2021-2022 Senior Sabbatical Fellowships Awards
SENIOR SABBATICAL FELLOWSHIP AWARDS
The H. Axel Schupf ’57 Fund for Intellectual Life supports the Senior Sabbatical Fellowship Program, which increases tenured faculty members’ salaries for one semester of leave from 80 to 100 percent. The fellowships are competitive, and they are awarded by the provost and dean of the faculty and the Committee of Six once their recommendations are approved by the president and the trustees. The following are summaries of the 2021–2022 fellowship recipients’ research projects.
Ron Bashford, Associate Professor of Theater and Dance
Research Project: Three Projects in Development: My Evil Twin, A New Musical; The Onion, A New Opera; and A New Devised Play (Untitled)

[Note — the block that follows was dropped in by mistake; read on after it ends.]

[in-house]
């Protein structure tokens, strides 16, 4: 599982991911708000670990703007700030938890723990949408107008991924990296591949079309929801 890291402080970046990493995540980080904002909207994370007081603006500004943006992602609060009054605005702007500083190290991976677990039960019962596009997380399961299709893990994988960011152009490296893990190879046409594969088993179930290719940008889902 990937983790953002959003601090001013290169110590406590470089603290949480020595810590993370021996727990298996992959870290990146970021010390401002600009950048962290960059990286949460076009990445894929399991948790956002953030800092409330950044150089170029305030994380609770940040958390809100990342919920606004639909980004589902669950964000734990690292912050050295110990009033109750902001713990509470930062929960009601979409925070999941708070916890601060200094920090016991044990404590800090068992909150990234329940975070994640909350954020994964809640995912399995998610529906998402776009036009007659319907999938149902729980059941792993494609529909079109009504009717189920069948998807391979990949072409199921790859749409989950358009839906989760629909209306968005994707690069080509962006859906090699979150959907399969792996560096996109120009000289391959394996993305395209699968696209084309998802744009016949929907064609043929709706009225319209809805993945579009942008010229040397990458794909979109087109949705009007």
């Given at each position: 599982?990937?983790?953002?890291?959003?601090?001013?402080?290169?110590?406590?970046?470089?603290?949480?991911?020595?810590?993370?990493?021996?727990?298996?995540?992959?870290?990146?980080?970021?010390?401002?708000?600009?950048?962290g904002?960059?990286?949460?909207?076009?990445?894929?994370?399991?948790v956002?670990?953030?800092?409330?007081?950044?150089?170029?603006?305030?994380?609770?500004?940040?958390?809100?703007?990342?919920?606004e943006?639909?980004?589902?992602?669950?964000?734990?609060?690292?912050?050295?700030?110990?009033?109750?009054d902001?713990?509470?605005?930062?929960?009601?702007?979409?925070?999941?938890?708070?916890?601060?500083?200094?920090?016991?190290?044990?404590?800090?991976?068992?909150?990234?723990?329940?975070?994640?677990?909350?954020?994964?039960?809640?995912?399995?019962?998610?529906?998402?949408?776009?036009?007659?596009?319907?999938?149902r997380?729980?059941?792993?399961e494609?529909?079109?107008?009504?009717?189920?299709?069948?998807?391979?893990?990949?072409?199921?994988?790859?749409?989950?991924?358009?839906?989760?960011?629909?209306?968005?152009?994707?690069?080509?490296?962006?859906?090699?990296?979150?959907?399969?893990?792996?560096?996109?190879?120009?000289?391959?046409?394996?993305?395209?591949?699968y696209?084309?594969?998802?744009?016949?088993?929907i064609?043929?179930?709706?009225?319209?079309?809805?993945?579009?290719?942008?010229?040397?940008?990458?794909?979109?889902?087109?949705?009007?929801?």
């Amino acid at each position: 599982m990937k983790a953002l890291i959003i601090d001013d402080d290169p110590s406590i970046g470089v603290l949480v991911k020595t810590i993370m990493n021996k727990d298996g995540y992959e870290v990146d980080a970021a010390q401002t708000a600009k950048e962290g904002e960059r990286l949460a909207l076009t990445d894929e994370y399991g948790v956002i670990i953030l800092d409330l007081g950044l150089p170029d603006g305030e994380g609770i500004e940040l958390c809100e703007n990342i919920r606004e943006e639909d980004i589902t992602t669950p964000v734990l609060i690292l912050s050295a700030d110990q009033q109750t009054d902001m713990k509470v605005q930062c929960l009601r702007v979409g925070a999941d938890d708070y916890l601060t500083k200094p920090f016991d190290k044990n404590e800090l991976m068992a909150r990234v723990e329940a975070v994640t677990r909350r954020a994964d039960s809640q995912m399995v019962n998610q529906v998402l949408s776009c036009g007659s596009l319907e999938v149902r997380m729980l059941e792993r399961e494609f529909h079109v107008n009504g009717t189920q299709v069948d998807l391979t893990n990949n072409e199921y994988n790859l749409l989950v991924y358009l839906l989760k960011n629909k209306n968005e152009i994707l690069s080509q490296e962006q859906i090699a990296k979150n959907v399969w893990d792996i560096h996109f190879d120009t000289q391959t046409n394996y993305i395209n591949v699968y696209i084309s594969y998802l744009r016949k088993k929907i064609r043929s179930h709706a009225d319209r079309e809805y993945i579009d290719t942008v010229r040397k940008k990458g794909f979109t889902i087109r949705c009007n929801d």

Professor Bashford will collaborate on three projects in various stages of development. His projects take one to four years to complete, and each will come to fruition at different times. In 2021–2022, Professor Bashford hopes to conclude work on My Evil Twin, a new musical, co-created with Professors Eric Sawyer and Harley Erdman, and substantially complete (except for final revisions and production) as of January 2020. He will also begin work with Professor Sawyer on a new opera, titled The Onion, completing dramaturgical and writing work over the course of the year. Finally, Professor Bashford will work on a new rehearsal devised play with two performers, Carine Montbertrand and Eliot Shrimpton. Both are classical trained actors and expert clown performers with experience in devised work.